POT or NOT?…Look for the Money TrailPosted: February 16, 2014
By A.E. Neuman
In a memorable moment in the movie “All the President’s Men” Washington Post reporter Bob Woodward asked his source “Deep Throat” who made the decision to cover up the break-in to the Watergate Hotel. He was told to “follow the money”; meaning …see who got paid off and by whom. Go back far enough and you find the answer to your question. In today’s times, that seems like good advice for most political inquiries, doesn’t it?
So, what about the political football that marijuana legalization represents? Now that Colorado and Washington State have legalized the sale and possession of pot, will the progressive state of New York be soon to follow? One would think so especially given that public opinion has recently shifted to heavily favor changing laws around it. After all, New York is usually out front on progressive legislation.
But, this time it isn’t. Why do you suppose that is?
The answer most likely requires a look back to the waning days of Ronald Reagan’s presidency, when Congress bolstered its overly idealistic mission to eradicate drug usage by doubling down on its financial commitment to local law enforcement. This measure, called the Byrne Memorial State and Local Law Enforcement Assistance Program, encouraged agencies across the country to put more resources toward drug policy enforcement, in return for more cash and equipment from the federal government.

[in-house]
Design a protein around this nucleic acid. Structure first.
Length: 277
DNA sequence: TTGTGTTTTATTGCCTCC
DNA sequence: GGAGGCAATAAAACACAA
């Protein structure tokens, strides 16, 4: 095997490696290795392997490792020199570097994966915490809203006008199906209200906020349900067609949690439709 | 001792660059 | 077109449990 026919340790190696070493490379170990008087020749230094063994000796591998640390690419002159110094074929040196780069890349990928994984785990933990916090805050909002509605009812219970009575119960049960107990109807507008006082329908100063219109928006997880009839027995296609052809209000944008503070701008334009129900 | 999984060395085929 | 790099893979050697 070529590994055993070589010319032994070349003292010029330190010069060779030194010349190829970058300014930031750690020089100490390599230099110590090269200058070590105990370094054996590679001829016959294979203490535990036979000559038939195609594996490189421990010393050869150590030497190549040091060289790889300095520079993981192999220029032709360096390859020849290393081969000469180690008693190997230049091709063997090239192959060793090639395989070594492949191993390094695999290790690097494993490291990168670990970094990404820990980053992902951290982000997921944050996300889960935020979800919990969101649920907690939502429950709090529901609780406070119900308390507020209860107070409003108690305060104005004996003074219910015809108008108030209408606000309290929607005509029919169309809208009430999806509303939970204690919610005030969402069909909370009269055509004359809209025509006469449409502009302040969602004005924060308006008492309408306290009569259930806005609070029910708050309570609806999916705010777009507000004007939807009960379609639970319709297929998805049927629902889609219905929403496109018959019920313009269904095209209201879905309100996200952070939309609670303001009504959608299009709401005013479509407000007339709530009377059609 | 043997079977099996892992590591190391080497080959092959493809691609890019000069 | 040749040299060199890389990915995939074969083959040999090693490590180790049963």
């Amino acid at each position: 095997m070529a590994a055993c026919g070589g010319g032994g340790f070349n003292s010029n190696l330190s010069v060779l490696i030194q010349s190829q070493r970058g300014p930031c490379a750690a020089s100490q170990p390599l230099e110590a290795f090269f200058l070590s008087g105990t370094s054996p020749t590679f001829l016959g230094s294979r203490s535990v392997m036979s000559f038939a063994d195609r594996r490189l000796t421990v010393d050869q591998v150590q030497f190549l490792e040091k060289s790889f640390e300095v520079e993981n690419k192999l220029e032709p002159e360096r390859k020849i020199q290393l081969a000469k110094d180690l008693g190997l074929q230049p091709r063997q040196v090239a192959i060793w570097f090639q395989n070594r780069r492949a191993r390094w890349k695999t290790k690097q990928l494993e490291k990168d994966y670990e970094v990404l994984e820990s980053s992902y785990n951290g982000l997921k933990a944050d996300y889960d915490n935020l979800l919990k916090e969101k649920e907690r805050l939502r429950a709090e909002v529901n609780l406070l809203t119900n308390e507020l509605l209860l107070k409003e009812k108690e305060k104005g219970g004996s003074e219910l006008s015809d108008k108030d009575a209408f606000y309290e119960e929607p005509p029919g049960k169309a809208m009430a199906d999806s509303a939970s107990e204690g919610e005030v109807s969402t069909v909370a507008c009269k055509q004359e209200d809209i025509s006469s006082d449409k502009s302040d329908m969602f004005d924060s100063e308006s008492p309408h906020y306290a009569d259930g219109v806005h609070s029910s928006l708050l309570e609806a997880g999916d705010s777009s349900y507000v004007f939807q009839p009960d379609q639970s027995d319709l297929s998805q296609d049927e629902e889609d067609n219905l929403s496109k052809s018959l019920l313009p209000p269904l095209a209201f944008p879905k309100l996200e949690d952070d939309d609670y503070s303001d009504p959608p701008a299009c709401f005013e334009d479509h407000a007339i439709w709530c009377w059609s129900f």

Under this program, states and municipalities compete for yearly funds by submitting reports of the raw volume of narcotics seized, a figure fattened by marijuana arrests, which account for 52% of all drug arrests nationwide. In New York State in 2010 over 100,000 arrests were made for mere possession of pot, a figure that accounts for more than 25% of all misdemeanor arrests that year.
Of the millions of dollars doled out to New York law enforcement two years ago, nearly $10 million went to the State Justice division that handed out two-thirds of the money to local law enforcement, money with which they bought all sorts of exotic equipment. And this funding only gets bigger with the more
It would seem that a strong inference can be made with the information we have that local law enforcement ramps up possession and pot seizure cases in order to cash in on the bonus money they get from this program. And, look just a bit further and you may see a link between the amount of cash donated to individual political campaign coffers from the various police benevolent associations and the way those politicians voted on recent legislation. Yonkers State Senator Ball alone received $155,000 in Byrne money in 2012. In fact, public records reveal that nearly all of the Republicans who opposed the 2012 bill to decriminalize small amounts of cannabis received backing from state law enforcement unions. Senator Tom Libous of Binghamton was one of them.
As Albany moves quickly on two new pot initiatives this year, it is likely that New Yorkers will continue to relax their disposition toward cannabis, especially if the experiments in other states continue to unfold without a hitch. Unlike many lawmakers in the state senate, voters do not have a moneyed incentive to oppose drug reform – in fact, reforming marijuana laws is likely to save them about $430 million annually in New York City alone according to a report by the City’s Comptroller’s Office.